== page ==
In July, 1936 Rhine went to California to investigate Pat Marquis, a 12-year-old boy who had been wowing everyone with his ESP abilities. Two years before the boy had gone into a trance and Napeji, an 11th century Persian, emerged. This was very reminiscent of Abdul Latif, the spirit of a seventeenth century Persian physician who sometimes appeared when medium Eileen Garrett went into a trance. Rhine had begun testing with Eileen Garrett in 1934.
So whenever Pat went into a trance, Napeji would take over, and while blindfolded, the boy/Napeji could supposedly tell you which cards had been picked from a deck, walk around, play pool and so on. Rhine traveled 3,000 miles only to show them that the boy had actually been peaking down his nose through the blindfold. “… I had the physicians blindfold me in the various ways the boy had been blindfolded,” Rhine wrote Mrs. Bolton, one of their contributors, “and I showed them to their satisfaction that I too could find my way about pretty well and could tell them how many fingers they held up, etc.“ (More below.)
Rhine had a talk with Dr. Cecil Reynolds, the physician who had been managing the boy, and as far as Rhine was concerned, it all ended well. “… we managed to settle the whole thing in the most friendly and non-incriminating fashion,” he wrote Bolton, “and I left with the understanding that the Napeji personality (an ancient Persian) was not to be evoked again and the lad was to discontinue his pranks.”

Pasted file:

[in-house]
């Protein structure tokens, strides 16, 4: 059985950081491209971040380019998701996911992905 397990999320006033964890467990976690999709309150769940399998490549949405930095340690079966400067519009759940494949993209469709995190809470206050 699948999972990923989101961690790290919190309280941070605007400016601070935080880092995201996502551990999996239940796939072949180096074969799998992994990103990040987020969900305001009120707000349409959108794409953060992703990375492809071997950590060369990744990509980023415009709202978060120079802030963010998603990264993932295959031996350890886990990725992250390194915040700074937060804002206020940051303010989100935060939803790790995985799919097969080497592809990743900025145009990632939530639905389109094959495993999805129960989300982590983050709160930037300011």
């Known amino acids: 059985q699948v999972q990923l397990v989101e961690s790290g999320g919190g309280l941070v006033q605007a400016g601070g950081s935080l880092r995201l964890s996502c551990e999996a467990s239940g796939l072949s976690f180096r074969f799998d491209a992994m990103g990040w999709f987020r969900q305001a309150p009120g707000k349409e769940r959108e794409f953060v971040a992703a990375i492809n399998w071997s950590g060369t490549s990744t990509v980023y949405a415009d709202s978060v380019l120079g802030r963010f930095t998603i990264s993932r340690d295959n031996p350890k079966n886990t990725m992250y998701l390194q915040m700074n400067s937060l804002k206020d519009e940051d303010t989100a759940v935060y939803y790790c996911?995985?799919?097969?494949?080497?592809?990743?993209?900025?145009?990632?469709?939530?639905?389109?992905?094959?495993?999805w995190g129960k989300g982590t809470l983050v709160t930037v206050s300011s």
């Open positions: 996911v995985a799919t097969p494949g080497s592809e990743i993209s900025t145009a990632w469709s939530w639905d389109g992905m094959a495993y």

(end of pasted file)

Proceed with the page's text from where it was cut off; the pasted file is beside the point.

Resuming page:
I like that Rhine was never out to embarrass or humiliate anyone and always gave them the opportunity to just quietly stop and go away. He didn’t like to play the part of the debunker. Nevermind all the people already providing that service, he also wrote later, “I found that exposing these people did not put them out of business …” And that is just what happened here. Reynolds and the boy continued to put on performances and in April, 1937 Life Magazine did an article about Marquis.
Rhine wrote Bolton again. She must have asked why he didn’t go public with what he had found and Rhine had to explain. “It is not my policy to call anyone a fake,” he wrote, “and above all I regard it as bad taste to make such statements in public. The old physician in charge of the boy [Reynolds], when he saw through the whole case with me, agreed that it should not go on any longer, as did the boy himself. On my part I assured them that I had no intention of publishing anything on the case. I never have and do not intend to. Mr. Lewis Browne’s letter to the magazine LIFE, which was written after Dr. Reynold’s broke his agreement with me and published more claims for the boy (perhaps under the influence of the boy’s mother, who, a divorcee, was living in the same house as the divorced doctor at the time), was written without any knowledge or consent on my part …”
Lewis Browne must have made erroneous claims about either Rhine’s connection to the case, or his assessment. I still have to look up that letter to the editor. But I started looking into Dr. Reynolds. It turns out Reynolds was well known in the Los Angeles area. For almost two decades he regularly testified at some of the biggest criminal cases in California. Typically big murder cases that are forgotten now, but were front page news for months at the time. Like Marion Parker, the 12 year old daughter of a Los Angeles Banker who was abducted and dismembered in 1927 by William Hickman. Reynolds was usually called to testify about whether or not an alleged murderer was sane. Reynolds also had a history of being interested in the paranormal.